PHOENIX — Arizona will not enact a law to outlaw virtually all abortions, at least not this year.
Senate President Karen Fann told Capitol Media Services Tuesday she will not allow House Bill 2140 to come to the floor for debate. It would have outlawed abortions at the point a fetal heartbeat could be conducted, as early as five weeks into pregnancy.
"This bill was not vetted properly with stakeholders to ensure it is constitutional,'' Sen. Fann said. And there clearly was a consensus, even among supporters, that the measure would have run up against U.S. Supreme Court precedents dating back nearly half a century.
But Sen. Fann said there was another problem. She said Sen. Wendy Rogers, R-Flagstaff, who crafted the language, did not check to see if it was acceptable to sufficient senators to survive the debate.
With all Democrats opposed, it would have required the approval of all 16 Senate Republicans. And Sen. Fann, who did not identify anyone specifically, said that isn't the case.
Sen. Rogers did not respond to multiple messages seeking comment.
Sen. Fann's decision does not mean an end to new abortion restrictions this session.
The Senate already has approved a measure making it a felony to terminate a pregnancy because of a fetal genetic defect. Senate Bill 1457 still requires one more Senate vote after the House added its own modifications.
But HB 2140 was much more far reaching. That provoked some often heated debate when it cleared the Senate Appropriations Committee this past week, the only hearing it would get.
Sen. Rogers quoted from Psalms about how God knows people even in the uterus.
And then she made a reference to having visited Auschwitz, the extermination camp operated by Nazi Germany in occupied Poland and wondering how the residents of the nearby town could not know what was going on there even as the ashes of the burning corpses settled on the community.
"We know what we're doing,'' she told colleagues. "We know we are sacrificing innocent life.''
But the measure drew opposition not just from Planned Parenthood Advocates of Arizona, the political and lobbying arm of the organization, but also a lobbyist who represents doctors who would be placed in positions of having to determine whether exceptions to save the life of the mother would be allowed.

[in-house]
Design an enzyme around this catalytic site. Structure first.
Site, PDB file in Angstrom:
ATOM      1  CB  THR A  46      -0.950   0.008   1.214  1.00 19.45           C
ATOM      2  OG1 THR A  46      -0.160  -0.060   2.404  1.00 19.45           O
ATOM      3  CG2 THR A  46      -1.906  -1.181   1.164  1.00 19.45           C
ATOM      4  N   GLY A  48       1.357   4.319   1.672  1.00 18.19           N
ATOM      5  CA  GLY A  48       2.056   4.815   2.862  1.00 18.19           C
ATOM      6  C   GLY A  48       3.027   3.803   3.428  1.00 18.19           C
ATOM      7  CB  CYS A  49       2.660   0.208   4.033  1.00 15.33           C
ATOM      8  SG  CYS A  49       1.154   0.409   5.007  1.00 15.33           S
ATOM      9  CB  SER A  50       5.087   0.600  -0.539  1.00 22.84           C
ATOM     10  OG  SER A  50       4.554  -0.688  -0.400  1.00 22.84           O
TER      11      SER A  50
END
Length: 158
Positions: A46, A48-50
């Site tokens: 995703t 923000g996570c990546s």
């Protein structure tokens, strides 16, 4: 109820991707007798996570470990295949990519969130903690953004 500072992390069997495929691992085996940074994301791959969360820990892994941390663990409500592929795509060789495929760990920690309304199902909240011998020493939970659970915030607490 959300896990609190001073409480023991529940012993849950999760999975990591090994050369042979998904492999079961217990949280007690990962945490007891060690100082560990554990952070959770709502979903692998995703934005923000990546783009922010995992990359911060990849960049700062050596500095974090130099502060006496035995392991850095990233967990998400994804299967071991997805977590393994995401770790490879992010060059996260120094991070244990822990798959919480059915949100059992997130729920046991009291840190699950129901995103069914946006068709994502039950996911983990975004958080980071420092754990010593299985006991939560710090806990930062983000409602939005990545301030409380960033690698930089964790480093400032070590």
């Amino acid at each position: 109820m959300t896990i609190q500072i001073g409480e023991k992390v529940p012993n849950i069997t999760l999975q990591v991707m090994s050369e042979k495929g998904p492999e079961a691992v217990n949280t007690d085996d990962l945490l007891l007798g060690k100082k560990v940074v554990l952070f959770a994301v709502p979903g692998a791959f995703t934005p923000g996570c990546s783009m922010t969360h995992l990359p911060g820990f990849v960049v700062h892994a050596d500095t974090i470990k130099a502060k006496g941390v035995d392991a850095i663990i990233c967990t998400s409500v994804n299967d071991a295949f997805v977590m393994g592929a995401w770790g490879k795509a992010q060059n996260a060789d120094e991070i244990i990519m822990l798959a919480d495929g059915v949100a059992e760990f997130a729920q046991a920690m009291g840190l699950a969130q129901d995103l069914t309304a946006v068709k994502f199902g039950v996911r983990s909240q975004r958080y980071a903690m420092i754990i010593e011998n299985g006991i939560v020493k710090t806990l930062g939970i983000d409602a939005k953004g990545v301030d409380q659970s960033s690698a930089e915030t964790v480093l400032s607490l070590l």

"They're going to face potential criminal liability and severe civil liability if they make a decision to save the life of the mother and somebody second-guesses that decision later,'' Steve Barclay said. "That could put more mothers in real danger because I think you're going to have fewer neonatologists doing their jobs in these high-risk pregnancies.''
And there was something else: There was no lobbying for HB 2140 by Cathi Herrod, president of the anti-abortion Center for Arizona Politics who has been a force over the years in getting lawmakers to enact a series of restrictions on the procedure. What it came down to, she told Capitol Media Services, is focusing on things that have a real chance, both politically and legally.
"I'm not opposed to heartbeat legislation,'' she said.
"But the courts have declined to uphold heartbeat laws as constitutional,'' Ms. Herrod continued. "Our focus is on SB 1457 to protect babies with genetic abnormalities.''
That kind of legislation, she said, has at least some chance of surviving legal challenge, pointing out there are virtually identical laws in four other states.
In fact, Arizona has its own similar law that prohibits aborting a fetus based on race or gender. And that law remains on the books after a challenge to that in federal court was thrown out.
Even if Sen. Rogers had somehow gotten her bill through the Senate, its future in the House would be questionable at best, with the very real possibility that Speaker Rusty Bowers might have quashed it there.
Earlier this year, Rep. Bowers quashed an even more far-reaching proposal by Rep. Walt Blackman, R-Snowflake.
He had introduced House Bill 2650 which would have required prosecutors to bring homicide charges in any case of abortion "regardless of any contrary or conflicting federal laws, regulations, treaties, court decisions or executive orders.'' And those charges would be against not just the doctor but also against the mother.
Bowers refused to even assigned that measure to a committee for a hearing.